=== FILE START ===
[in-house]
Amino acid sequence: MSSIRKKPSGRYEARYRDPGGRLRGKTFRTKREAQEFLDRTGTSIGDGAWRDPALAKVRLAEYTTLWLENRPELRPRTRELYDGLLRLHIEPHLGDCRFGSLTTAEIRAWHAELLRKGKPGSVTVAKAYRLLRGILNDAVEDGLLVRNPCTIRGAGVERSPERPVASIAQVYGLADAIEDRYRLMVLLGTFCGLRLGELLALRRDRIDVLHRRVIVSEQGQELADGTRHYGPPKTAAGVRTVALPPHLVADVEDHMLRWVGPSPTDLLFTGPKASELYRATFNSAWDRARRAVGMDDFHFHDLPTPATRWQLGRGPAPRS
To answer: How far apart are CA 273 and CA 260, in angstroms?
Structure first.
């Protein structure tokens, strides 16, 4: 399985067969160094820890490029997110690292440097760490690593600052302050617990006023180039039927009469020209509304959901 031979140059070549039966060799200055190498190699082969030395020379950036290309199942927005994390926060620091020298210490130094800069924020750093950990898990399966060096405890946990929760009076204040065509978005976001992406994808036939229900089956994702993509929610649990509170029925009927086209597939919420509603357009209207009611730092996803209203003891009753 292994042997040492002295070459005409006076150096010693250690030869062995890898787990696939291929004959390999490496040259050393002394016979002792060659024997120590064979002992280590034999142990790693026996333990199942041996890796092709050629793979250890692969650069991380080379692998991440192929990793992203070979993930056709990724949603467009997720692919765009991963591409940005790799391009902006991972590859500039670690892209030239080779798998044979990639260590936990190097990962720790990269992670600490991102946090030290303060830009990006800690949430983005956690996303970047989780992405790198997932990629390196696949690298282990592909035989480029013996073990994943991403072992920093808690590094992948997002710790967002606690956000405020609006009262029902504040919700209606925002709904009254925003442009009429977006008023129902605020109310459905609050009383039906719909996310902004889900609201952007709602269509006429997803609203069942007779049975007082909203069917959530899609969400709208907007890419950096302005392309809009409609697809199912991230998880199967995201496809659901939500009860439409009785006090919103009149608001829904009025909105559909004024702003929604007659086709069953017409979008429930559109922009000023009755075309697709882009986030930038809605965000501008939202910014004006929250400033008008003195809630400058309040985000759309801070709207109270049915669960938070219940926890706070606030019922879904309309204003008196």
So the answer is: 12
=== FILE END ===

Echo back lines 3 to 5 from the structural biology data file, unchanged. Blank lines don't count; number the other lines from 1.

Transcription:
To answer: How far apart are CA 273 and CA 260, in angstroms?
Structure first.
């Protein structure tokens, strides 16, 4: 399985067969160094820890490029997110690292440097760490690593600052302050617990006023180039039927009469020209509304959901 031979140059070549039966060799200055190498190699082969030395020379950036290309199942927005994390926060620091020298210490130094800069924020750093950990898990399966060096405890946990929760009076204040065509978005976001992406994808036939229900089956994702993509929610649990509170029925009927086209597939919420509603357009209207009611730092996803209203003891009753 292994042997040492002295070459005409006076150096010693250690030869062995890898787990696939291929004959390999490496040259050393002394016979002792060659024997120590064979002992280590034999142990790693026996333990199942041996890796092709050629793979250890692969650069991380080379692998991440192929990793992203070979993930056709990724949603467009997720692919765009991963591409940005790799391009902006991972590859500039670690892209030239080779798998044979990639260590936990190097990962720790990269992670600490991102946090030290303060830009990006800690949430983005956690996303970047989780992405790198997932990629390196696949690298282990592909035989480029013996073990994943991403072992920093808690590094992948997002710790967002606690956000405020609006009262029902504040919700209606925002709904009254925003442009009429977006008023129902605020109310459905609050009383039906719909996310902004889900609201952007709602269509006429997803609203069942007779049975007082909203069917959530899609969400709208907007890419950096302005392309809009409609697809199912991230998880199967995201496809659901939500009860439409009785006090919103009149608001829904009025909105559909004024702003929604007659086709069953017409979008429930559109922009000023009755075309697709882009986030930038809605965000501008939202910014004006929250400033008008003195809630400058309040985000759309801070709207109270049915669960938070219940926890706070606030019922879904309309204003008196």